ENERGY giant RWEnpower has gone ahead with its plans to buy the farmland earmarked for building nuclear reactors at Braystones and Kirksanton.
Whitehaven News 22nd July 2009 more >>
French energy giant EDF, which wants to build two new nuclear reactors at Hinkley Point, looks likely to pay Somerset councils a fee for their part in the planning process, saving taxpayers thousands of pounds. The three Somerset councils, which will have to advise on the local impact if a planning application is put forward and deal with complex preparatory work before an application is made, are having to ask the company to pay because the Government is refusing to reimburse them for the extra expertise they will need.
This is Somerset 22nd July 2009 more >>
HINKLEY Point B has admitted today that seven workers have been exposed to radiation, The Mercury can reveal. The firm which runs the nuclear power plant near Bridgwater says the contractors were asked to leave the radiation controlled area as a precaution after the incident last week. A spokesman for EDF Energy told the Mercury the workers were sent to a testing facility in Oxfordshire and were found to have been exposed to the same amount of radiation emitted in a dental X-ray.
This is the West Country 23rd July 2009 more >>
Bridgwater Mercury 23rd July 2009 more >>
Construction services group Hydrock has been appointed by E On to carry out the preliminary ground investigation for the proposed new nuclear power station at Oldbury, in Gloucestershire. From 3 August the contractor will spend two months drilling 22 boreholes at the site, acquired by the energy giant in April.
Construction News 23rd July 2009 more >>
BRITAIN’S safety watchdog has admitted that its preliminary report into a serious incident at the Sizewell A nuclear power station contained “pessimistic assumptions” and was misleading. The report – written less than a month after 40,000 gallons of “radioactive water” leaked from a burst pipe and obtained a few weeks ago following a Freedom of Information request by nuclear consultant John Large – suggested that the incident could have led to an off-site release of radioactivity. It formed the basis of a claim from Dr Large that Suffolk had been only ten hours away from a major accident involving the evacuation of thousands of people.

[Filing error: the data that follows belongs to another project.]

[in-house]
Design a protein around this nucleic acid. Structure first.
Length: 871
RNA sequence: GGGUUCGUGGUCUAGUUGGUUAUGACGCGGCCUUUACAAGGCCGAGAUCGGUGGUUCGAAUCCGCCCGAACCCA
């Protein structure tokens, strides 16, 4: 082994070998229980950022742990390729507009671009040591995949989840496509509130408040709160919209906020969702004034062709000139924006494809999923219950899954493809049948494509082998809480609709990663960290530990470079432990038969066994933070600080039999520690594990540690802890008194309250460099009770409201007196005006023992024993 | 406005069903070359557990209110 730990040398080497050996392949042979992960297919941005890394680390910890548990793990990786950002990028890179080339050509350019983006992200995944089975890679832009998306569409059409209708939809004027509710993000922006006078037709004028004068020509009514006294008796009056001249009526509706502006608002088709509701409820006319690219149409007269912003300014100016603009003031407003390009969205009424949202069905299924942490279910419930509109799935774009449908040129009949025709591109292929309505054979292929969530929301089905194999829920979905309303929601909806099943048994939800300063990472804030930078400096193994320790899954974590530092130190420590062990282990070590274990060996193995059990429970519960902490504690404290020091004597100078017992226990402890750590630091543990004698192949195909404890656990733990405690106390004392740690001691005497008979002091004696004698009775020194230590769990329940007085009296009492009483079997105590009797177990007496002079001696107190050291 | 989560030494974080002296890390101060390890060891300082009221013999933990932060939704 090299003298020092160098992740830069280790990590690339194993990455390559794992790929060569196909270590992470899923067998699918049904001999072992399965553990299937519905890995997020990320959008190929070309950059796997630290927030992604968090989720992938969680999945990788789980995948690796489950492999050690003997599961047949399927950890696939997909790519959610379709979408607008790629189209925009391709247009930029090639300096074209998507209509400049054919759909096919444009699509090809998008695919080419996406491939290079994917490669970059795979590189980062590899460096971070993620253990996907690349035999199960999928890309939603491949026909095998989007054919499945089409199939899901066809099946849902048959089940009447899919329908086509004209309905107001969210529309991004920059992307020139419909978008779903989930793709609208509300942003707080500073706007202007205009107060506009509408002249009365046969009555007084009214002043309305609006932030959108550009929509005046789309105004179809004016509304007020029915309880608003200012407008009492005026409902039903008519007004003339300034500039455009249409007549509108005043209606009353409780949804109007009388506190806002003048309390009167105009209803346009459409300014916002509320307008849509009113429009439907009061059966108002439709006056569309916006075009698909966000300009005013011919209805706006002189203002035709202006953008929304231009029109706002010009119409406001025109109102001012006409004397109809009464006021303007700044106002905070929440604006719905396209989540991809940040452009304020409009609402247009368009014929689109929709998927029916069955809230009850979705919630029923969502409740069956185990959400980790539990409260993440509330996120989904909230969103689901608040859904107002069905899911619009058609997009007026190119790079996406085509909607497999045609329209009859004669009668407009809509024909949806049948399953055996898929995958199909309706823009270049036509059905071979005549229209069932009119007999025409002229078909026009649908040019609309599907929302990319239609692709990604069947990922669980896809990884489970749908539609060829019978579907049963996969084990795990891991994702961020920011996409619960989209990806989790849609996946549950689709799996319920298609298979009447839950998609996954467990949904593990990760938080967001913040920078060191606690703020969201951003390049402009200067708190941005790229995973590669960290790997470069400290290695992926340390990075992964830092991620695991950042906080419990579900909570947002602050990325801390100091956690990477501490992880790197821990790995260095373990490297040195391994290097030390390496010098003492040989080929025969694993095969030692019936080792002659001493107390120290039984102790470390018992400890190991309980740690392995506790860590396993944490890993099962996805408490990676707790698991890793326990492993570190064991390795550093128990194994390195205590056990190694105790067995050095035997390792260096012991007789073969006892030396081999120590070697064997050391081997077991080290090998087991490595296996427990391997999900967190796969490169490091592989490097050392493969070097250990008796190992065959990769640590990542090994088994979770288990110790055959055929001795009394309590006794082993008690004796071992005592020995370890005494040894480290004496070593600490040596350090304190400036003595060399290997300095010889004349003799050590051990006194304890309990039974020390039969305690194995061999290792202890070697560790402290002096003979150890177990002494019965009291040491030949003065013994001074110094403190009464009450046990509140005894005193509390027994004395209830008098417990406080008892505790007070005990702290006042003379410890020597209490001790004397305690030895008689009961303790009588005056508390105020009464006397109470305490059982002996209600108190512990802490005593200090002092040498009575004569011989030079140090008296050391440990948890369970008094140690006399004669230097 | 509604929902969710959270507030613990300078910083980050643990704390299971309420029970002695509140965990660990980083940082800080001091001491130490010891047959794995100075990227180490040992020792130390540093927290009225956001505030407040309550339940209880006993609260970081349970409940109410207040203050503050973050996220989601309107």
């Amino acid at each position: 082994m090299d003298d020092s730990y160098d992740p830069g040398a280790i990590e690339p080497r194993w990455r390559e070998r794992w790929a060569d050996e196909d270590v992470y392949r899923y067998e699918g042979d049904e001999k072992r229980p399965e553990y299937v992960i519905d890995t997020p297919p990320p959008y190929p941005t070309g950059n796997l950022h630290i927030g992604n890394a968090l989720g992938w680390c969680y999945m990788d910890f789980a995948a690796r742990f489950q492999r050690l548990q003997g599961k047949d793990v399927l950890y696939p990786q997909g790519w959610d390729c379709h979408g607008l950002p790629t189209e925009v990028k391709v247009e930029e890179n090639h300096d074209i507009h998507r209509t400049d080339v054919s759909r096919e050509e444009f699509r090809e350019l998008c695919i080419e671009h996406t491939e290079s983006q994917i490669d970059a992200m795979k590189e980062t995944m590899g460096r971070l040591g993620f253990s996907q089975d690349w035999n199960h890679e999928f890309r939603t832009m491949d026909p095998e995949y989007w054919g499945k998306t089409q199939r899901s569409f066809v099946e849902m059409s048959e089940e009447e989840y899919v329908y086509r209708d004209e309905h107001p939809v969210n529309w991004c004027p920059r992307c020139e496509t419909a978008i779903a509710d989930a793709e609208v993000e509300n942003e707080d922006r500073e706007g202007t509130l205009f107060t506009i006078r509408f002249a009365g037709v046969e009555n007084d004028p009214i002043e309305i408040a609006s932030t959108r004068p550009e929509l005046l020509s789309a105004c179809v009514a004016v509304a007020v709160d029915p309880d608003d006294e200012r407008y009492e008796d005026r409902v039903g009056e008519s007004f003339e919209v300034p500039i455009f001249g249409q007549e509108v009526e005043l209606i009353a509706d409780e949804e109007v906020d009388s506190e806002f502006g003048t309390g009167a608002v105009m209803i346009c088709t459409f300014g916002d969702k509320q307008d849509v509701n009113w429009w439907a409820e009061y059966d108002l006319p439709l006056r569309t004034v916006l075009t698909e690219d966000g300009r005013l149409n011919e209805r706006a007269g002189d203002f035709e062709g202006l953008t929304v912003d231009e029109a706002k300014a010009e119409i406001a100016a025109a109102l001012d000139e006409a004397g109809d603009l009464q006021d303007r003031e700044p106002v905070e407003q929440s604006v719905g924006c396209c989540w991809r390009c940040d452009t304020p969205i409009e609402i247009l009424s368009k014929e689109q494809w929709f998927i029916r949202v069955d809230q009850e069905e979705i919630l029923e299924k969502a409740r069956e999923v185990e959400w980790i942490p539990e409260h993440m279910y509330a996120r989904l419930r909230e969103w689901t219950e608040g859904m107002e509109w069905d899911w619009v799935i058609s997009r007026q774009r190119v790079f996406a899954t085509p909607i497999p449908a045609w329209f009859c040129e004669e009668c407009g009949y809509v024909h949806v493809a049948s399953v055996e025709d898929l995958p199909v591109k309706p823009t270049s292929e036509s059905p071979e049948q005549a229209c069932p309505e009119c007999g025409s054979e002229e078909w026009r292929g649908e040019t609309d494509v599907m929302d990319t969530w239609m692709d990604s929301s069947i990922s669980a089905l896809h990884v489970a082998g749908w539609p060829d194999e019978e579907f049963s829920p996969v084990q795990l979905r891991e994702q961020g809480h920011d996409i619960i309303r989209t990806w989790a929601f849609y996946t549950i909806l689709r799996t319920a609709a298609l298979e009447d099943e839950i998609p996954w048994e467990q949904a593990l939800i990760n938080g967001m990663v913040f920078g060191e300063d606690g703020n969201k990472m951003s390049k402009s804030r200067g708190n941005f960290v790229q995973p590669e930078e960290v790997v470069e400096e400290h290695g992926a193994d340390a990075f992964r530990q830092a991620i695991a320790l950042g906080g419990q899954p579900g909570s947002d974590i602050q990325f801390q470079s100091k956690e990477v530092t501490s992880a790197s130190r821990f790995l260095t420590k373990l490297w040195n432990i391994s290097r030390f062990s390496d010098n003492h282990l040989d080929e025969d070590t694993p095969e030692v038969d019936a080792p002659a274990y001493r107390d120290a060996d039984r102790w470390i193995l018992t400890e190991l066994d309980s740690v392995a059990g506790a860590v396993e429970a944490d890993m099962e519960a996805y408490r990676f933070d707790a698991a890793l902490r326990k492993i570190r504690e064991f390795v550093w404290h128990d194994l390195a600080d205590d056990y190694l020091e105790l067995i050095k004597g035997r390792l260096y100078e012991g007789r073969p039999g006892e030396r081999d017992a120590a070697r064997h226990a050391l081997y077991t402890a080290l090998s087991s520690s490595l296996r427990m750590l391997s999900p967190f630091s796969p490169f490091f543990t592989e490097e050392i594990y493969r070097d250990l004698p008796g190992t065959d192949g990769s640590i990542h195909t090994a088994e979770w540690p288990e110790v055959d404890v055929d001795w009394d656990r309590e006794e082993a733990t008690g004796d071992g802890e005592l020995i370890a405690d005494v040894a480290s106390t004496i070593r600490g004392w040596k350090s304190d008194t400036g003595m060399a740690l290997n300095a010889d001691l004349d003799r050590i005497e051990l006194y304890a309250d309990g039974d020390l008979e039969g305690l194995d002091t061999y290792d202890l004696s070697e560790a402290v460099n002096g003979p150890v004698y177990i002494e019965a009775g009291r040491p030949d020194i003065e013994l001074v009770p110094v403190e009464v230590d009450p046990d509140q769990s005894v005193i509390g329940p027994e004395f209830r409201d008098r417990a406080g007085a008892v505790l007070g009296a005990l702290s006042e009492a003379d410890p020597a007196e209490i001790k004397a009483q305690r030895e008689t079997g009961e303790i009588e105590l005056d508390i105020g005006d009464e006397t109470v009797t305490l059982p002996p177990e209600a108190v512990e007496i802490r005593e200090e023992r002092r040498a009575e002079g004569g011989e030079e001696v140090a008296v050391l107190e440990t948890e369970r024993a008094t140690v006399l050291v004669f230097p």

Suffolk Evening Star 23rd July 2009 more >>
The figures that are widely quoted for the cost of nuclear electricity come from the industry itself and are far too low. They are repeated, without critical scrutiny, by such bodies as the International Energy Agency and the UK’s Royal Academy of Engineering. This makes them appear to be reliable, contrary to fact. There is an accumulation of evidence that nuclear power is substantially more expensive than it is presented by the industry, especially when environmental and hidden costs are factored in. Relevant evidence, with links to several sources.
From Greenhouse to Green House July 2009 more >>
Letter from Colin McInnes: If we choose a long-term energy path which delivers a greener Scotland powered by wind turbines, but ultimately expensive energy, Scotland will be at a competitive disadvantage. If we accept nuclear power is the most effective way to displace coal from energy production then perhaps we can have a balanced energy programme which is not driven by ideology.
Scotsman 24th July 2009 more >>
Sellafield MoX Plant
THE future of Sellafield’s controversial under-achieving Mox plant which support around 1,000 jobs on the site is still on the line. The Nuclear Decommissioning Authority says in its annual report out this week that “on a less positive note the performance of the Sellafield mixed oxide plant (SMP) remains under close scrutiny by the NDA Board.